Image: Pixabay | Win or lose, you’re guaranteed a great night out at Bongo’s Bingo
Johnny Bongo is the host of each Bongo’s Bingo club night, but he’s rarely alone. In fact, he’s managed to secure celebrity appearances at many of his club nights, with stars such as David Hasselhof, S Club 7 and the Vengaboys bringing the party spirit. Tickets to a Bongo’s Bingo event cost no more than £6 to enter either, which has helped make a night out at the bingo far more appealing given the entertainment on offer.
Wink Bingo has blazed a trail for online bingo communities
It’s also important to take a nod towards the technological evolution of bingo gaming. We mentioned that the number of land-based bingo halls fell from around 600 to less than 400 between 2005 and 2014. During that time, broadband connectivity was quickly entering the mainstream, giving people access to bingo games to be played on desktop and laptop computers, as well as smartphone and tablet devices. Within the iGaming industry, adoption of HTML5 technology helped create consistent, responsive online bingo games that offer the same experience on any device, regardless of screen size.
Wink Bingo is one such online bingo community that’s looking to create unique digital bingo experiences. They’ve designed a mobile app that allows its users to play all of their favourite bingo games on the go, including variants such as 75-ball and ‘Flash Five’ bingo. They also try to keep things relevant and linked to popular culture, with bingo games based on seasonal hit television shows such as Love Island increasingly the order of the day. But most importantly, Wink Bingo has sought to replicate that community feel of land-based bingo with its online network. Each of its bingo rooms features welcoming chat hosts that are on-hand to field any player’s queries and celebrate their successes.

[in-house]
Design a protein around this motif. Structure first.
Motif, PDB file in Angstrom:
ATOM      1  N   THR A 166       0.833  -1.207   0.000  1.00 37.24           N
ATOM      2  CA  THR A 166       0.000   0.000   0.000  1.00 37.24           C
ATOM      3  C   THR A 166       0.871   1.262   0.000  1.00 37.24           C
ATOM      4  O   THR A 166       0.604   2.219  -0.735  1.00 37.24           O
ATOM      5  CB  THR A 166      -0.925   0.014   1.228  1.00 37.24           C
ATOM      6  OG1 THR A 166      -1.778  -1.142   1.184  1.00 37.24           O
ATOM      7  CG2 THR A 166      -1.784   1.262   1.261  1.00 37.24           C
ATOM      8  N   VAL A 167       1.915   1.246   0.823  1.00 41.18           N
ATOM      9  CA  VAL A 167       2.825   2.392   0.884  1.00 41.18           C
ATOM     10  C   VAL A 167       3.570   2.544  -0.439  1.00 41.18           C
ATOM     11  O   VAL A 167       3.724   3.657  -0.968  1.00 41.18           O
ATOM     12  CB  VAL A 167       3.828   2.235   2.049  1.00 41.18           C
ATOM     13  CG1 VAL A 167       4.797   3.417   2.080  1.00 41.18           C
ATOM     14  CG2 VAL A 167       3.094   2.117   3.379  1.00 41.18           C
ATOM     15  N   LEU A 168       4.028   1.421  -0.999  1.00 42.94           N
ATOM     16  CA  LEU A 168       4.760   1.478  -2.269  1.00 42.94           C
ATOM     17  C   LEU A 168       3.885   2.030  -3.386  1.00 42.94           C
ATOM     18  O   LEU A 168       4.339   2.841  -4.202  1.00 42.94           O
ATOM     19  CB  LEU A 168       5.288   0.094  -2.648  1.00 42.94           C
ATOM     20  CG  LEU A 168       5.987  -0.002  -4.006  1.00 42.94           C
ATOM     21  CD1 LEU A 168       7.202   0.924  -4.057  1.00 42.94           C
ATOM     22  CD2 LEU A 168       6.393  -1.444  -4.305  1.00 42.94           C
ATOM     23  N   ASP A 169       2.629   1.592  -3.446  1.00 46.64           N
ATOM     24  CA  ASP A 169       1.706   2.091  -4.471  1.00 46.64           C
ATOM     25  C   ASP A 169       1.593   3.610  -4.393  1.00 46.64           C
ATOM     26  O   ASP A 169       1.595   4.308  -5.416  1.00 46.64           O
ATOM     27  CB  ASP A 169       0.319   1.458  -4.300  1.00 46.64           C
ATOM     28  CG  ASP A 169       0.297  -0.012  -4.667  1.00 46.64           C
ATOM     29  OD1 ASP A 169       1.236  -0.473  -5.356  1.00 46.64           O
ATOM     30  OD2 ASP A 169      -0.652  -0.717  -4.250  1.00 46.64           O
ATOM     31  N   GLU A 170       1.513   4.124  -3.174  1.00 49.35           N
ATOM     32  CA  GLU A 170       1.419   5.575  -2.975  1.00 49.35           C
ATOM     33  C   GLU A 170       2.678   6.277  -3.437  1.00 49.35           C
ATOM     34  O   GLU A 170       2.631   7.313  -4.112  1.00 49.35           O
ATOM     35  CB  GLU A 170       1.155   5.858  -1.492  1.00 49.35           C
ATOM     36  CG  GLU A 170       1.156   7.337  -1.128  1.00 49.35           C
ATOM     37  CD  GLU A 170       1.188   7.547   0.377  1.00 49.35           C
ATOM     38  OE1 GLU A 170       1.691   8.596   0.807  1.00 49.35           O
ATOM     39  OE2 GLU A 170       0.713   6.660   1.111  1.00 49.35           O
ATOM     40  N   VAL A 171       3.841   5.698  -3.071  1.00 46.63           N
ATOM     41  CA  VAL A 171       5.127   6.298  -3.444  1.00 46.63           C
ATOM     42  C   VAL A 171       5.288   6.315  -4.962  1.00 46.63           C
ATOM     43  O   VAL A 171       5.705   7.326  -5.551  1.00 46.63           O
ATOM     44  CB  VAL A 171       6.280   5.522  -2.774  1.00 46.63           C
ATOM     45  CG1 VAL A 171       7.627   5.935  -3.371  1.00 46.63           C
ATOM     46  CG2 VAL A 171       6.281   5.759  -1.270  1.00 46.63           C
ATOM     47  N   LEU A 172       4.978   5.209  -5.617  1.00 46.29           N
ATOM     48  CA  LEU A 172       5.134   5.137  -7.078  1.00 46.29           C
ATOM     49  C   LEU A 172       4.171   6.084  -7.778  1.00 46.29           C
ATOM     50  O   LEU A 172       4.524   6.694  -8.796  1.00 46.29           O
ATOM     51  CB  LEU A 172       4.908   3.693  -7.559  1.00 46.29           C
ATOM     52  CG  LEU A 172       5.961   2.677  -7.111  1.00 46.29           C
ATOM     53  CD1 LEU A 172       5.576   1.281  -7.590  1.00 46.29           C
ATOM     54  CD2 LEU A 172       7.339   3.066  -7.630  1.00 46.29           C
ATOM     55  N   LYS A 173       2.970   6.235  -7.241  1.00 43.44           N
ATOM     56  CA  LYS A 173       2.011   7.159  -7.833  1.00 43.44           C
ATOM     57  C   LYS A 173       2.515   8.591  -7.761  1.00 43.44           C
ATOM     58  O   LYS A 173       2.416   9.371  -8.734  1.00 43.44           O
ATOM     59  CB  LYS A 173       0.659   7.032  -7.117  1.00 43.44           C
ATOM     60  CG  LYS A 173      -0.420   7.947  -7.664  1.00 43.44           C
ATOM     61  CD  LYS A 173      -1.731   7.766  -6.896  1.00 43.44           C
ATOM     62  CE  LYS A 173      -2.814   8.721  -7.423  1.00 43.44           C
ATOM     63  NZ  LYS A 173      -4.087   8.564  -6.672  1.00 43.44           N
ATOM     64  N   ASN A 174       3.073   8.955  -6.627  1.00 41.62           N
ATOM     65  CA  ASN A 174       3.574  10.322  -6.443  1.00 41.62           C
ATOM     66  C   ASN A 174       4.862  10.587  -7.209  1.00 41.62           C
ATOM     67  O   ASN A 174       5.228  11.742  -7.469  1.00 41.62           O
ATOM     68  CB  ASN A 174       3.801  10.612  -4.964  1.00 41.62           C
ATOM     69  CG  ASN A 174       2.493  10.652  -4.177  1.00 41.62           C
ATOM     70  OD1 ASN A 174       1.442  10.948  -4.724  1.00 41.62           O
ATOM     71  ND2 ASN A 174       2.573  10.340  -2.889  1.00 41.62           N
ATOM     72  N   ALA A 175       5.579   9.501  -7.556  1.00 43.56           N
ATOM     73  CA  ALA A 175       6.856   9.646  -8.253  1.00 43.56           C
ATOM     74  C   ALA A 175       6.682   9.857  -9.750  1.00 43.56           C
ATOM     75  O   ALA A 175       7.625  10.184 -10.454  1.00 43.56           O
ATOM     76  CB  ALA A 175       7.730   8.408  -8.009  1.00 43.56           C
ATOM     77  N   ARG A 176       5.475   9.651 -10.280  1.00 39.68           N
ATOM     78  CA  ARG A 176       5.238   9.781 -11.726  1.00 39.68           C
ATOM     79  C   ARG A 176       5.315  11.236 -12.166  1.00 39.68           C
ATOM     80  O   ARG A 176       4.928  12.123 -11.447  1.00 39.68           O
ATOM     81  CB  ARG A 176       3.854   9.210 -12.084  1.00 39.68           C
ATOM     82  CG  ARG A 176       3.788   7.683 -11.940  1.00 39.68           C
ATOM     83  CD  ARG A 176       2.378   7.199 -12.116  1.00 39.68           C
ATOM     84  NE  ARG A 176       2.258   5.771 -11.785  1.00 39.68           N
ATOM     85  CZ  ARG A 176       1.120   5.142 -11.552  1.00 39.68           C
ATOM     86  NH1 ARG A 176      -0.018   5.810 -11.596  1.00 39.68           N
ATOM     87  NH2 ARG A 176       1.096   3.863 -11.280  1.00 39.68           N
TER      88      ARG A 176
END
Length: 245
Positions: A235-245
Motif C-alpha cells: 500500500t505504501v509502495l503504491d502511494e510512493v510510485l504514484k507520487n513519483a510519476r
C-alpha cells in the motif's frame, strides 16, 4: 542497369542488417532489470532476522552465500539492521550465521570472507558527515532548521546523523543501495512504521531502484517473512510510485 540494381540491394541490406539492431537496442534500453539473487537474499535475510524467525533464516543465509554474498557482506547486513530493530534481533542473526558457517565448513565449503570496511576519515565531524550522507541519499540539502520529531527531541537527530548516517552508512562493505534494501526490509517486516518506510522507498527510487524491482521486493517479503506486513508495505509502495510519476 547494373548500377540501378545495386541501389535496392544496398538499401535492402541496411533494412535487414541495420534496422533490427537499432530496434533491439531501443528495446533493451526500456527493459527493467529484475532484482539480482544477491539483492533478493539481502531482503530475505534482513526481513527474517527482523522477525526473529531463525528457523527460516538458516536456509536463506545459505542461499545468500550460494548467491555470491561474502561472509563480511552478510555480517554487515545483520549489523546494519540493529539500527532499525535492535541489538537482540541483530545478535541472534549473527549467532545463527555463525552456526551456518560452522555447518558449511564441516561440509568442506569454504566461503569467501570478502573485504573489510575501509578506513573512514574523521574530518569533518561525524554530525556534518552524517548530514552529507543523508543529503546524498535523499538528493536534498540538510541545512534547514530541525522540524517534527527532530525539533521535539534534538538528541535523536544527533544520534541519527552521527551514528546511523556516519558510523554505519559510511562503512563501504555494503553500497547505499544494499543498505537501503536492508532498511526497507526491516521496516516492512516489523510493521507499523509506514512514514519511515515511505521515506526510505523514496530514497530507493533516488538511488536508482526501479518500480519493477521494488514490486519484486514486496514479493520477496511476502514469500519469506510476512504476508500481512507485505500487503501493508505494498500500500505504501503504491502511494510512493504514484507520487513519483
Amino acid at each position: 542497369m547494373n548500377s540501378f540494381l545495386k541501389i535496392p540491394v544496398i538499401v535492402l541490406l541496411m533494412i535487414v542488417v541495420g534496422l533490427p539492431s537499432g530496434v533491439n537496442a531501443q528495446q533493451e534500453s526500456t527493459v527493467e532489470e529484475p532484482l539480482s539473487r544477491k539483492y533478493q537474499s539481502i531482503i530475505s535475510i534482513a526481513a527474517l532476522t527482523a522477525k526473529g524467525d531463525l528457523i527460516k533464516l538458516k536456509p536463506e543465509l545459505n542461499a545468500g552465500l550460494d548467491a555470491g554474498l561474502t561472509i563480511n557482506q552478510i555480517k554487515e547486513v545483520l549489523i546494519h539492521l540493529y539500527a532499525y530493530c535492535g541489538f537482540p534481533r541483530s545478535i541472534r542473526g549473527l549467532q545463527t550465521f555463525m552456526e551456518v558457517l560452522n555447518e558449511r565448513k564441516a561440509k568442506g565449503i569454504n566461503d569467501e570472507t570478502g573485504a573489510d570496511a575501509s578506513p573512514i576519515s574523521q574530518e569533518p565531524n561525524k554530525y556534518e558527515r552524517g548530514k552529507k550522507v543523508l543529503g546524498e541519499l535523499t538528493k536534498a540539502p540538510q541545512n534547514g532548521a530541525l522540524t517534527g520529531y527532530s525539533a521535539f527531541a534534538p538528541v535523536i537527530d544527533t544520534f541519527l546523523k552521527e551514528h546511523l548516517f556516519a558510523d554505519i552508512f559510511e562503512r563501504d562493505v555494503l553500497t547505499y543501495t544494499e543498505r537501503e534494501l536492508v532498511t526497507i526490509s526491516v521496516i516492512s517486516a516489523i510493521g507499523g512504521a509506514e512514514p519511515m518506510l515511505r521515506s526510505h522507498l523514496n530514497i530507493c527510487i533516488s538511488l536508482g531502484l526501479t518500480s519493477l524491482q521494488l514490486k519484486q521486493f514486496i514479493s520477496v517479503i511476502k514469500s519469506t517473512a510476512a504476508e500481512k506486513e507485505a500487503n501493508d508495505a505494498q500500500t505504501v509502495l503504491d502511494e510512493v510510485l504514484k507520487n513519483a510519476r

The inclusion of ‘VIP’ bingo also allows regular Wink Bingo players to earn bonuses for their gameplay, whether it’s free play or free spins on the Wink’s Wheel. It’s just their way of saying thanks, just like bricks-and-mortar bingo halls that used to give you a free meal or drink to enjoy while you played.
The importance of well-established brands moving with the times
The UK bingo industry is more proof, if needed, that even long-established brands need to adapt and change with the times to remain current. Technology is evolving at such a rapid pace today that it’s no longer acceptable for even big online brands such as bingo rooms to stand still. They must continue to develop the next exciting features and attractions that keep consumers coming back for more.
There is already talk of the online bingo industry investing in virtual reality (VR) technology to create virtual bingo hall environments for players to enjoy without having to leave the confines of their own home. VR headsets are predicted to enter the mainstream market in 2019 and beyond and given that VR poker is already a ‘thing’, VR bingo hardly seems a stretch of the imagination.
Whether VR bingo environments could offer the levels of engagement and immersivity that a night at Bongo’s Bingo can provide remains to be seen.